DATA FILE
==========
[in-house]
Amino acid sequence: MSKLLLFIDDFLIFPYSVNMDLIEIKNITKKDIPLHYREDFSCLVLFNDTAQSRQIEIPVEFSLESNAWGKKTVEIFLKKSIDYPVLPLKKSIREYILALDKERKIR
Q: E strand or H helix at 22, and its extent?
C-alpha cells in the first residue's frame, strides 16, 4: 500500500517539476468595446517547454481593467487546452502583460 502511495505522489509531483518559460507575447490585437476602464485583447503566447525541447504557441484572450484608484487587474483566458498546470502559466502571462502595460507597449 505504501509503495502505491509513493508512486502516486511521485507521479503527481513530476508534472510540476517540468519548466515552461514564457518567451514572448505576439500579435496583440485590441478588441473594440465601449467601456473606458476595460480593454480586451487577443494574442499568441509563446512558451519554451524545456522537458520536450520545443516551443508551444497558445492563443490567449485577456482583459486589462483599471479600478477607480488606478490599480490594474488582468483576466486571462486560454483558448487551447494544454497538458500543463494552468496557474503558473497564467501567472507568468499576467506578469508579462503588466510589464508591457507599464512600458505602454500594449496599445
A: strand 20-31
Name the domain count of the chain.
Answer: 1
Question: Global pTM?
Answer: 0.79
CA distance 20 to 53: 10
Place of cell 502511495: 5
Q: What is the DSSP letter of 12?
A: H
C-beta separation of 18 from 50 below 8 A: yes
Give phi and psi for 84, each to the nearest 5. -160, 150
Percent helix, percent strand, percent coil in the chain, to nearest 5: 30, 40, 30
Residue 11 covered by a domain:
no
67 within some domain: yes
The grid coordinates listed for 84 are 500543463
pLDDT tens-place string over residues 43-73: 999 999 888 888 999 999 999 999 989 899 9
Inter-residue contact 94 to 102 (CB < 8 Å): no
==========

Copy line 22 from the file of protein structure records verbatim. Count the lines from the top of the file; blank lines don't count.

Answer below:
Inter-residue contact 94 to 102 (CB < 8 Å): no